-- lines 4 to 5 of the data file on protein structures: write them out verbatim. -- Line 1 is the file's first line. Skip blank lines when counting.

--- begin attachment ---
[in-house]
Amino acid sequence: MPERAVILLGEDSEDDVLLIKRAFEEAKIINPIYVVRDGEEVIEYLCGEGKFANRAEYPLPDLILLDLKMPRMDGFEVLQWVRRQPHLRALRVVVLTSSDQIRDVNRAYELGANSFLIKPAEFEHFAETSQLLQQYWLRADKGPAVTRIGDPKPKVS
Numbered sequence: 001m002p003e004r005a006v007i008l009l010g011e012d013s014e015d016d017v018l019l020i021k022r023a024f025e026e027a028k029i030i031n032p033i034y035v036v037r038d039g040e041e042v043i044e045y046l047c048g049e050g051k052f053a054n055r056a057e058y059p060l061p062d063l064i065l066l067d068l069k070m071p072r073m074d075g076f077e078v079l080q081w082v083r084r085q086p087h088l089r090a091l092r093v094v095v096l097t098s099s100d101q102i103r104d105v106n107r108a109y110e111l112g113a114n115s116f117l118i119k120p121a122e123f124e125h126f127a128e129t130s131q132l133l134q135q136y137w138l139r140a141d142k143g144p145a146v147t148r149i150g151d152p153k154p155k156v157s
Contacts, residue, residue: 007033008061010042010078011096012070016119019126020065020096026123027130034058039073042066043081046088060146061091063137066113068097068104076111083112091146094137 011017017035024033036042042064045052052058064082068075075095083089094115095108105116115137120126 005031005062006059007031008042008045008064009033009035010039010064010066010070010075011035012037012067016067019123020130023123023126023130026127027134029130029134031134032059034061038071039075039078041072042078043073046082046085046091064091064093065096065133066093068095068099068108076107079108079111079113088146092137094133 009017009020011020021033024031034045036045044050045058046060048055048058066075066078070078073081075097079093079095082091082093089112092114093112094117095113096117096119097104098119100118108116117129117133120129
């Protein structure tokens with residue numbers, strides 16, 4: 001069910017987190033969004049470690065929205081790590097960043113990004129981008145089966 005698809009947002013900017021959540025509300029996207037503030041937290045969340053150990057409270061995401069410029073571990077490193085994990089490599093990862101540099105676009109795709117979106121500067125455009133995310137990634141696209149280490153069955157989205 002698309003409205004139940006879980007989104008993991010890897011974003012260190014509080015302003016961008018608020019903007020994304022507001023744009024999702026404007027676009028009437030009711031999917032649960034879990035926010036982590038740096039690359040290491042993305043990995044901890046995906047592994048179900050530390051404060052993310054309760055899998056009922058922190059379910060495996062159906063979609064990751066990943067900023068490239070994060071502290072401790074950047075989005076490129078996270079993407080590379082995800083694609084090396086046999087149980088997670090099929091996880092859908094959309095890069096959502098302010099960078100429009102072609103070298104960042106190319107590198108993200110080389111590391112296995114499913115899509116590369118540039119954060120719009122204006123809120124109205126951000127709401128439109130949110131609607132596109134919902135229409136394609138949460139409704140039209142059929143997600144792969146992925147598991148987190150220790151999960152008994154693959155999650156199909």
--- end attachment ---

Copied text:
Contacts, residue, residue: 007033008061010042010078011096012070016119019126020065020096026123027130034058039073042066043081046088060146061091063137066113068097068104076111083112091146094137 011017017035024033036042042064045052052058064082068075075095083089094115095108105116115137120126 005031005062006059007031008042008045008064009033009035010039010064010066010070010075011035012037012067016067019123020130023123023126023130026127027134029130029134031134032059034061038071039075039078041072042078043073046082046085046091064091064093065096065133066093068095068099068108076107079108079111079113088146092137094133 009017009020011020021033024031034045036045044050045058046060048055048058066075066078070078073081075097079093079095082091082093089112092114093112094117095113096117096119097104098119100118108116117129117133120129
């Protein structure tokens with residue numbers, strides 16, 4: 001069910017987190033969004049470690065929205081790590097960043113990004129981008145089966 005698809009947002013900017021959540025509300029996207037503030041937290045969340053150990057409270061995401069410029073571990077490193085994990089490599093990862101540099105676009109795709117979106121500067125455009133995310137990634141696209149280490153069955157989205 002698309003409205004139940006879980007989104008993991010890897011974003012260190014509080015302003016961008018608020019903007020994304022507001023744009024999702026404007027676009028009437030009711031999917032649960034879990035926010036982590038740096039690359040290491042993305043990995044901890046995906047592994048179900050530390051404060052993310054309760055899998056009922058922190059379910060495996062159906063979609064990751066990943067900023068490239070994060071502290072401790074950047075989005076490129078996270079993407080590379082995800083694609084090396086046999087149980088997670090099929091996880092859908094959309095890069096959502098302010099960078100429009102072609103070298104960042106190319107590198108993200110080389111590391112296995114499913115899509116590369118540039119954060120719009122204006123809120124109205126951000127709401128439109130949110131609607132596109134919902135229409136394609138949460139409704140039209142059929143997600144792969146992925147598991148987190150220790151999960152008994154693959155999650156199909």